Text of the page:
The issue undergirding crime, poverty, education and anything else on the agenda is the one least-discussed and most time-sensitive: the city budget. So that an approved budget and plan can be submitted to the Pennsylvania Intergovernmental Cooperation Authority by the March 23 deadline, Parker will need to present her proposed budget and plan to City Council by the end of January.

“We need to make sure we have a budget that supports the individuals in the city of Philadelphia who are most in need by really thinking consciously in terms of our policies – and making sure resources are distributed across the City of Philadelphia,” Johnson explained. “I know that’s not easy, but we have to be intentional.” 

Parker said in a previous interview with City & State that she wants to encourage home ownership in the city, casting it as a win-win for the city and its residents. “I’m crazy about home ownership,” she told City & State. “A neighborhood is treated differently when the people who live there own their properties versus being transient … I want to grow Philadelphia’s tax base. I want to grow our economic pie. That means we need more contributors, more businesses and more people paying into that tax base so we can deal with the challenges that are facing our city.”

At the federal level, Boyle said he will continue to try to drive as much federal funding to the Philadelphia region as he can muster.

“Most of the time, I’m engaged in national issues, as well as foreign affairs, but in terms of specifically being a member of Congress born and raised and living and representing Philadelphia – my job is to fight for every last resource we can possibly get from the federal government directed to the city,” he said.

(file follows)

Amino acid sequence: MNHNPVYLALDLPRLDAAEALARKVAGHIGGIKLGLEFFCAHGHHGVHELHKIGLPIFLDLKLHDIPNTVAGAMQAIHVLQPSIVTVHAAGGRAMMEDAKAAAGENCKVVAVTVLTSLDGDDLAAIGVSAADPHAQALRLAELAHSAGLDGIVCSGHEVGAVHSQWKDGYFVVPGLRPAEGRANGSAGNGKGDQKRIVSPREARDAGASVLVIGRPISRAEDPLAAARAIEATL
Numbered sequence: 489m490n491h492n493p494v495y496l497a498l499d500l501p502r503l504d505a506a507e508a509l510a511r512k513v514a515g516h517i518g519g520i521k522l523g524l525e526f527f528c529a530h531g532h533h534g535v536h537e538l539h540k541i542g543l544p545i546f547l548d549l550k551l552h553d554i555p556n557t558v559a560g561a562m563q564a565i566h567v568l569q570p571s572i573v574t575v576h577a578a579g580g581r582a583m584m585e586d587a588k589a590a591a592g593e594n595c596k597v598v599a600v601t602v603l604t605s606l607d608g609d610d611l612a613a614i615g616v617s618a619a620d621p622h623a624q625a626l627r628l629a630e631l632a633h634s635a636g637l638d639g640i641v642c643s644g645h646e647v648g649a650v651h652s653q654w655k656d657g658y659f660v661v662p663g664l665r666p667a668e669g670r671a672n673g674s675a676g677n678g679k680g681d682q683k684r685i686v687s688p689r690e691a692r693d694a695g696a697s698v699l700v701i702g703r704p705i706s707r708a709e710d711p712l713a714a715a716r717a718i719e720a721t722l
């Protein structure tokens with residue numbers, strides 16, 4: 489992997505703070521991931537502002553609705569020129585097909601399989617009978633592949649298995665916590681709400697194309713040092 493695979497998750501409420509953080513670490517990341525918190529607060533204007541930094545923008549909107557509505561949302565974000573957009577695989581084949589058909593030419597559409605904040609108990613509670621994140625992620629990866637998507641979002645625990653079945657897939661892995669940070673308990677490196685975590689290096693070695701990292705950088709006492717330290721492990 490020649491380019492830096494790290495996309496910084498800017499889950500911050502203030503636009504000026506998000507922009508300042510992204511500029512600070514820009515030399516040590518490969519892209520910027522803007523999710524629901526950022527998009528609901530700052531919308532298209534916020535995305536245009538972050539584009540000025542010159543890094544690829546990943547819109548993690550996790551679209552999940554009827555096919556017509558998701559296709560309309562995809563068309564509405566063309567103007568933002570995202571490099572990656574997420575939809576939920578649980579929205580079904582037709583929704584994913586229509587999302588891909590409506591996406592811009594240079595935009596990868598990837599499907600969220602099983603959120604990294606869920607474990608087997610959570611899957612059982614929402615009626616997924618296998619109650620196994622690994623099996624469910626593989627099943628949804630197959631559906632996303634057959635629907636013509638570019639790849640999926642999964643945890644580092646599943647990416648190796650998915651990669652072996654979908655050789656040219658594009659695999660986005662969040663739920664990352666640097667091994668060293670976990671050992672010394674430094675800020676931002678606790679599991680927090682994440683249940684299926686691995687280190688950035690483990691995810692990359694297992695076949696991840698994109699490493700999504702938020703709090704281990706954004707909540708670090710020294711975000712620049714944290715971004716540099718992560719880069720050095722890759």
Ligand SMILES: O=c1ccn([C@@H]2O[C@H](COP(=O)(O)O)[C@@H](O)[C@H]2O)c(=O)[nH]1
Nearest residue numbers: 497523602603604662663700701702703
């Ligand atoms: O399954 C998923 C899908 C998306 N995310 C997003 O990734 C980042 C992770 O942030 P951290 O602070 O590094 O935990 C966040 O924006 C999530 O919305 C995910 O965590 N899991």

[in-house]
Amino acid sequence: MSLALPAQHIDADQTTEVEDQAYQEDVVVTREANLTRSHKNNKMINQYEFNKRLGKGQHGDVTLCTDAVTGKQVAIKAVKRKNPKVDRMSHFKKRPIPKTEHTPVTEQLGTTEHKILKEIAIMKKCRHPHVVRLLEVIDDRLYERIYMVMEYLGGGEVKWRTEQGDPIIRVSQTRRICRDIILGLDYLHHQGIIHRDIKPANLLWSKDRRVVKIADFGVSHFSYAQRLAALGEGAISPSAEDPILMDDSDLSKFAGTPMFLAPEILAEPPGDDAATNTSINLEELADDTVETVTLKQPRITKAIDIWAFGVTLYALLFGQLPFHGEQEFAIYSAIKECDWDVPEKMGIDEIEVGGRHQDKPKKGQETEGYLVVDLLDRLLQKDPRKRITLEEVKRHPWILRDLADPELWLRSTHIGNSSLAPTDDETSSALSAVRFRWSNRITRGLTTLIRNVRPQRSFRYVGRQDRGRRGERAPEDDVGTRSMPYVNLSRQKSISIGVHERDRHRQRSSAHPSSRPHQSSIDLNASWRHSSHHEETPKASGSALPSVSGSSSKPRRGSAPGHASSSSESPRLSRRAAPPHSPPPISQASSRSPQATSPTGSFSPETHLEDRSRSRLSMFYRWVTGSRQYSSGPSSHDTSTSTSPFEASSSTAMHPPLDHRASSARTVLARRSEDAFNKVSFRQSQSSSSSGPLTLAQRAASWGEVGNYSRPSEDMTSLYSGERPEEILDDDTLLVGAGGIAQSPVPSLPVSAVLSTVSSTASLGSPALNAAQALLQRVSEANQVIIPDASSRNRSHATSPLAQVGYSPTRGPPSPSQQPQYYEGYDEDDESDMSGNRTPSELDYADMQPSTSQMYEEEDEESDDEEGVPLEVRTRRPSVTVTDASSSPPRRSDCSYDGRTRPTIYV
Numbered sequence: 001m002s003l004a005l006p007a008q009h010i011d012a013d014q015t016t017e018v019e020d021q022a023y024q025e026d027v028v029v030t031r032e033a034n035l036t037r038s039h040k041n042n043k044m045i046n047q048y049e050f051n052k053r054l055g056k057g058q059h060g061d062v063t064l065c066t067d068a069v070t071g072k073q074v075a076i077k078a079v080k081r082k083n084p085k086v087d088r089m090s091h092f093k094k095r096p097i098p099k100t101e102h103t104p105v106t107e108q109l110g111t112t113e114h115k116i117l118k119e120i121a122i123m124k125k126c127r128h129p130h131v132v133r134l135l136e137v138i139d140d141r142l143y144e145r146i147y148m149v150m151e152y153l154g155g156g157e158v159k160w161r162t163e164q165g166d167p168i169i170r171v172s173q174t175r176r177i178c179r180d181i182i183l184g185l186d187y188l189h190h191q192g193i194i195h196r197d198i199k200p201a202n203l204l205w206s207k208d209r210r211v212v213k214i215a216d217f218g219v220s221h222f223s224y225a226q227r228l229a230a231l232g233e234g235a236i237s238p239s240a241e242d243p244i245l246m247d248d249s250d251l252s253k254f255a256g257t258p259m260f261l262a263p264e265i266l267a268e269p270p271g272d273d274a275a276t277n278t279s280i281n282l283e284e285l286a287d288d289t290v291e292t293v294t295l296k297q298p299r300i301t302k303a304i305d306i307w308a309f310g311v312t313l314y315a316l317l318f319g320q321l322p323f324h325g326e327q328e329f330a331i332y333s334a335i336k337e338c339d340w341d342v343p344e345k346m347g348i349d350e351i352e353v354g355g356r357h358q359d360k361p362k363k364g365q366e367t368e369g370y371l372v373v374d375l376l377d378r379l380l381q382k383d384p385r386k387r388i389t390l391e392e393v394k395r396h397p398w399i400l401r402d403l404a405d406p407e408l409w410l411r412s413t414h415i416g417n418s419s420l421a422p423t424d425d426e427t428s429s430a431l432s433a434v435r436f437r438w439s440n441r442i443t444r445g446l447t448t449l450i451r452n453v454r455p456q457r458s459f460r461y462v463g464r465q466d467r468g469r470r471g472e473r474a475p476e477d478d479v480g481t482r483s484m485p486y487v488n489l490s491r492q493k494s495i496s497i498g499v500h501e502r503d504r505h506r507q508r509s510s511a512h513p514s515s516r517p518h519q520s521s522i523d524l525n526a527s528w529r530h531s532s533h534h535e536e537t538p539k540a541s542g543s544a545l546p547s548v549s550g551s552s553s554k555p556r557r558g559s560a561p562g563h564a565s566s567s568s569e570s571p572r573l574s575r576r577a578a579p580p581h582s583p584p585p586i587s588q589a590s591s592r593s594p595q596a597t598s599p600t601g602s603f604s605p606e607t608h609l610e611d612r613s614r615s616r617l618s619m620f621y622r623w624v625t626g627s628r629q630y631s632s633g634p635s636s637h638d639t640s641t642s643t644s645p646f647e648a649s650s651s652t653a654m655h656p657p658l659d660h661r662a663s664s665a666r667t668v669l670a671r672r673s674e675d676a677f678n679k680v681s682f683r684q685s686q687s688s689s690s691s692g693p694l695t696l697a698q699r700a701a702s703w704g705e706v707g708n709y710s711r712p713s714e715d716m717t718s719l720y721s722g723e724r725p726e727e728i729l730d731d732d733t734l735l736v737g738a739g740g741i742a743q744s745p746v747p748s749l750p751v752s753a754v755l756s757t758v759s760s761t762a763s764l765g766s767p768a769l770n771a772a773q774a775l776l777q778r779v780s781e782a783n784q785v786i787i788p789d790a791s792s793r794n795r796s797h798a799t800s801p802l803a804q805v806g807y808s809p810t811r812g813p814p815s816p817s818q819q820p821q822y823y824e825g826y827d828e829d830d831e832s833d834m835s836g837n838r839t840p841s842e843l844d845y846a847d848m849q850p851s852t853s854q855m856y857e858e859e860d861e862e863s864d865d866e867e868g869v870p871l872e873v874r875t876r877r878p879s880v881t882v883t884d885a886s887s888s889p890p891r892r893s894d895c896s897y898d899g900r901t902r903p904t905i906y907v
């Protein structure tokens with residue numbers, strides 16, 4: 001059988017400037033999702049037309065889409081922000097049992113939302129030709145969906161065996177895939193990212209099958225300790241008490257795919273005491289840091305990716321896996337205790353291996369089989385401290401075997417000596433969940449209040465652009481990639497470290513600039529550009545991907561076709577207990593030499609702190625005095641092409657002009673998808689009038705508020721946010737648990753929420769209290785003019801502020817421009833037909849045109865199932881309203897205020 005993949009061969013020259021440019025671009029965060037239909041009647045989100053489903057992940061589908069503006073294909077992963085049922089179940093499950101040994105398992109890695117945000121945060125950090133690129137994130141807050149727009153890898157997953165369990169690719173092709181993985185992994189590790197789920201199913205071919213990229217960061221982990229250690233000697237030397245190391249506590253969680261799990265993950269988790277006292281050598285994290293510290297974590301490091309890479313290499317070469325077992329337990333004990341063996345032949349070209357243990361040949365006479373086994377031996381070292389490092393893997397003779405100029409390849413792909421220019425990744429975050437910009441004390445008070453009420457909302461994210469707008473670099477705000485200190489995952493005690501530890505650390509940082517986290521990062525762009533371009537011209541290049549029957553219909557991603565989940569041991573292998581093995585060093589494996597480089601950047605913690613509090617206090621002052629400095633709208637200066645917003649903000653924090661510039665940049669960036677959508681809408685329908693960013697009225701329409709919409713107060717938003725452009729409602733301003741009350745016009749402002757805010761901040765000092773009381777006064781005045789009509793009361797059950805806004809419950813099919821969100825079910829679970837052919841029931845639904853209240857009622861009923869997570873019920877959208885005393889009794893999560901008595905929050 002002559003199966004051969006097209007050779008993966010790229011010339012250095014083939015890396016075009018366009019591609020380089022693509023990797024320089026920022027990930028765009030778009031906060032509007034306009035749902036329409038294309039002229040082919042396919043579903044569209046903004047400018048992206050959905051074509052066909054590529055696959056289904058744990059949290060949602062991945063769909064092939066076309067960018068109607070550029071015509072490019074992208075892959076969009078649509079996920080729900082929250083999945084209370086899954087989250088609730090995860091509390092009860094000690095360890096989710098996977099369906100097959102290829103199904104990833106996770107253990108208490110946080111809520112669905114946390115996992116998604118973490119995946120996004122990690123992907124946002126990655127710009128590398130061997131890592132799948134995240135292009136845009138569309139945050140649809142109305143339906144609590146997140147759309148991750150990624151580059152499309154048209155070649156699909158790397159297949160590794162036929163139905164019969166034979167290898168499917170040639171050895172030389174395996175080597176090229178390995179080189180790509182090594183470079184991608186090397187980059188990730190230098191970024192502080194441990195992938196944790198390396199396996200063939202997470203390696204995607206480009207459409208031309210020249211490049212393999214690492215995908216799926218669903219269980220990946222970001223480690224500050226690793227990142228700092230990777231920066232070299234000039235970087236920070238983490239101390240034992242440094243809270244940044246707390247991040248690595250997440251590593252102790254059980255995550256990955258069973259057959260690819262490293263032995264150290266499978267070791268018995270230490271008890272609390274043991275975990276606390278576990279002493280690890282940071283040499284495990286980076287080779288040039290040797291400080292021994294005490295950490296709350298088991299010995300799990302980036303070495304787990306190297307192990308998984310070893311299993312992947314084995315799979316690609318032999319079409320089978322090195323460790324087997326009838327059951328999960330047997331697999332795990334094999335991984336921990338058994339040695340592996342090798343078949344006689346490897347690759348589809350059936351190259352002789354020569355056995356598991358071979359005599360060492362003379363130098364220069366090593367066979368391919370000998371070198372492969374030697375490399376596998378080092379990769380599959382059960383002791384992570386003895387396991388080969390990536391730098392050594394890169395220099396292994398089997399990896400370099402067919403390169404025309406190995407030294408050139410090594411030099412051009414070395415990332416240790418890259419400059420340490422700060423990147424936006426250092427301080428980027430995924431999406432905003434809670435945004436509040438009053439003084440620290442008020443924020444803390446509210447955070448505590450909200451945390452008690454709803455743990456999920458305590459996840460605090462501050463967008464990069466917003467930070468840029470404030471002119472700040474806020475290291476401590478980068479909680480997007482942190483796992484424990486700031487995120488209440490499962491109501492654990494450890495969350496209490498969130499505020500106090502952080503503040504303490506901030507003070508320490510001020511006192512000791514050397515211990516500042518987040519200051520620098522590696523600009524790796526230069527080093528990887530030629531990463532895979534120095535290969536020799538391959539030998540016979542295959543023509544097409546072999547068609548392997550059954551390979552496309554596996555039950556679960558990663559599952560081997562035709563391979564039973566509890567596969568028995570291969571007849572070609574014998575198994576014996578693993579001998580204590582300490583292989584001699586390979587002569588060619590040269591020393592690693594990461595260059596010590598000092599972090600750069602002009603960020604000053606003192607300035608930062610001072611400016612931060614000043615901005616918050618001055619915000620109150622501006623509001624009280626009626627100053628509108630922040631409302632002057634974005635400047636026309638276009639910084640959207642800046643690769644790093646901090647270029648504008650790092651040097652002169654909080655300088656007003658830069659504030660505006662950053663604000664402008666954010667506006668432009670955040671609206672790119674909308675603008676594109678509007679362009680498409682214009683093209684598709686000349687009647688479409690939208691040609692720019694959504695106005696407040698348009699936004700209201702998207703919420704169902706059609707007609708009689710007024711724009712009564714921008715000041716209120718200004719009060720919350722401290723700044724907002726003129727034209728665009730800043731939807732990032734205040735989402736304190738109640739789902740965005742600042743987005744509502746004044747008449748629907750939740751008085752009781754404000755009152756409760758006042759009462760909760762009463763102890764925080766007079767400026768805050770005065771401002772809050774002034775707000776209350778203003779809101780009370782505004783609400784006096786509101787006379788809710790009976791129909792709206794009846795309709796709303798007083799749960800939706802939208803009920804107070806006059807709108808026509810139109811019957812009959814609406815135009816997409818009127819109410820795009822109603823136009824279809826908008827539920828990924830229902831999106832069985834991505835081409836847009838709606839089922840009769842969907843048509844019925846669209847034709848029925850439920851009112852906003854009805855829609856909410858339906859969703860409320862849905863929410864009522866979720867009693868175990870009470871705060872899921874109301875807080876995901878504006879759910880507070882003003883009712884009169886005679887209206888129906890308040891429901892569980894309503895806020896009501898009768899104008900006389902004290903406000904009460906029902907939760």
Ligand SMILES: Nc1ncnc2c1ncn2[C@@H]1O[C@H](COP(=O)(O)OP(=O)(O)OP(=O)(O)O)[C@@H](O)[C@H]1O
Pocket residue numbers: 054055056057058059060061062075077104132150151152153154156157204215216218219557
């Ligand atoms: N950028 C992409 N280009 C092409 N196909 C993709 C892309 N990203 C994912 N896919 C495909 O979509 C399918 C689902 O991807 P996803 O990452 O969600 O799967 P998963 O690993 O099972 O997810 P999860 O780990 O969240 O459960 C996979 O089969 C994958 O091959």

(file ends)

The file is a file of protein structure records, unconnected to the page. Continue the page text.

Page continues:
As for McClinton, who is the top-ranking Democratic legislator in Harrisburg, she said House Democrats will be receptive to the needs of city government.

“I know that the mayor will be working very hard to keep communications open, and most importantly, (I) look forward to being receptive to all of the concerns she has, responding to the city’s needs and finding a way forward for Pennsylvanians to benefit from Philadelphia’s success.”

Just weeks before she begins working with the full gamut of stakeholders invested in Philadelphia’s future, Parker continued to emphasize the same “It takes a village” ethos that has been a motif throughout her campaign and career.

“I am not Superwoman – I cannot do this alone,” she said. “We need to come together as one to move our city forward – but we need community involvement to get there.”